Friday, November 27, 2009

This guy looks awesome

I know this is a little weird, but I randomly came across this picture while I was looking for something on flickr and I think this guy looks awesome. It's quite possible I've been listening to the Into the Wild soundtrack and bearded indie bands too much lately. Whatever. That beard is cool.

Knapp Is Back

I love Jennifer Knapp. Her voice, her music. Love her. I have never gotten tired of her first album Kansas, which is so full of beautiful, raw truths and music that is likewise. And now she's back from wherever she's been and is working on an album. Two songs are up on her Myspace page and they sound good--like Kansas which I thought was better than her two subsequent albums. Here's hoping.

Also, checkout a live performance of The Way I Am.

Monday, November 23, 2009

I'm Brian Fellows

During a break today I discovered that Brian Fellows, my favorite SNL skit, is on Hulu! If any of you reading this went to PCB with me, then you'll remember myself and a few others repeating portions of the skit over and over and over again... Watch and laugh:


Sunday, November 8, 2009

Just Finished: Cry, The Beloved Country

When we were in Birmingham this summer, I tracked down an old bookstore. It wasn't that great, but I did pick up a copy of Cry, The Beloved Country by Alan Paton. It's one of those books on a lot of lists but since it's about Africa I had avoided it (please don't write me mean letters). My copy was published in 1950 and has that nice old book smell.

I started reading it a few weeks ago and from the beginning was not thrilled. There are a lot of short sentences, and I'm not the biggest fan of short sentences. The story wasn't gripping me either, but I kept chugging through. About 2/3 through it just gripped me. The whole narrative takes place in South Africa and begins with a rural Zulu parson who finds out that his son has come into some trouble in Johannesburg. He goes to the big city in search of his son as well as his brother and sister who have all ceased communicating with him since they left. What he finds in the city is mostly heartbreak with chinks of hope--the black people are repressed, living in cramped housing, turning to crime, etc and his family is no different. The more he learns about his son, the more he feels that he is actually the failure. There is constantly the tension of what is and what could be or could have been. Here's one of the most heartbreaking passages from the book concerning the parson's son:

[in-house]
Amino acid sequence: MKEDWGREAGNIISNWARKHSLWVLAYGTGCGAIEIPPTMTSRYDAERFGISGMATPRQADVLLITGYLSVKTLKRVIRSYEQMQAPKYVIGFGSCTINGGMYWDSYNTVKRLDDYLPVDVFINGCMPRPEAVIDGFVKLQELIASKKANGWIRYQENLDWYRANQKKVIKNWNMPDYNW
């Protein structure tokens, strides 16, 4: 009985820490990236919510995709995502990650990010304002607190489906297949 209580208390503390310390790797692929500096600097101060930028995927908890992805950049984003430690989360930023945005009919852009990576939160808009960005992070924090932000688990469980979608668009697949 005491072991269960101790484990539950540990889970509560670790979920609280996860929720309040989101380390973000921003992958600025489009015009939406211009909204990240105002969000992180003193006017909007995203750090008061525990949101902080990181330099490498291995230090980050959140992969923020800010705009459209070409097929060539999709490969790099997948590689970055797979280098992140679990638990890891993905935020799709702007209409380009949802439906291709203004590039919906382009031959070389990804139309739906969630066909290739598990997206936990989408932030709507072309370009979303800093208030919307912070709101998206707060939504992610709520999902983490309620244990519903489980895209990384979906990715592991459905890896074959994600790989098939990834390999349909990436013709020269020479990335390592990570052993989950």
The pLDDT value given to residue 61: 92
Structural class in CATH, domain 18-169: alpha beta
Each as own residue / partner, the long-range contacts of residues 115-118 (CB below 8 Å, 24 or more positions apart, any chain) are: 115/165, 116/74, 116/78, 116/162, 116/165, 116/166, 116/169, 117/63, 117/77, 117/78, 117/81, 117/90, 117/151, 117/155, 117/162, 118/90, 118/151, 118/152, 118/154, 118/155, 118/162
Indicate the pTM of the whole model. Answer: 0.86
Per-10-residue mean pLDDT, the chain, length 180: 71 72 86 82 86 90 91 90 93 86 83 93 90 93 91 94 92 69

And again the tears in the eyes. Who knows if he weeps for the girl he has deserted? Who knows if he weeps for a promise broken? Who knows if he weeps for another self, that would work for a woman, pay his taxes, save his money, keep the laws, love his children, another self that has always been defeated? Or does he weep for himself alone, to be let be, to be let alone, to be free of the merciless rain of questions, why , why, why, when he knows not why. They do not speak with him, they do not jest with him, they do not sit and let him be, but they ask, ask, ask, why, why, why...

But when the parson returns home, partly successful yet still with a heavy heart, the author starts to show us that there is hope and redemption even in the despair of failure; that even in a society wrecked by racism and corruption that a seed can be planted and that change can happen in both the young and the old. It's vague, but I think you should read it and fill in the gaps yourself. You'll be motivated to justice.

Friday, November 6, 2009

Just Finished: Plan B--Further Thoughts on Faith

I read one of Anne Lamott's previous books on faith Grace (Eventually) and wasn't really planning on reading this one, but someone gave it to me so I thought I'd give it a go. I have a hazy goal to read more books written by believers, especially ones vastly different from myself and Anne Lamott fits the bill. She's wicked liberal, Episcopalian, my mom's age, and she has dread locks.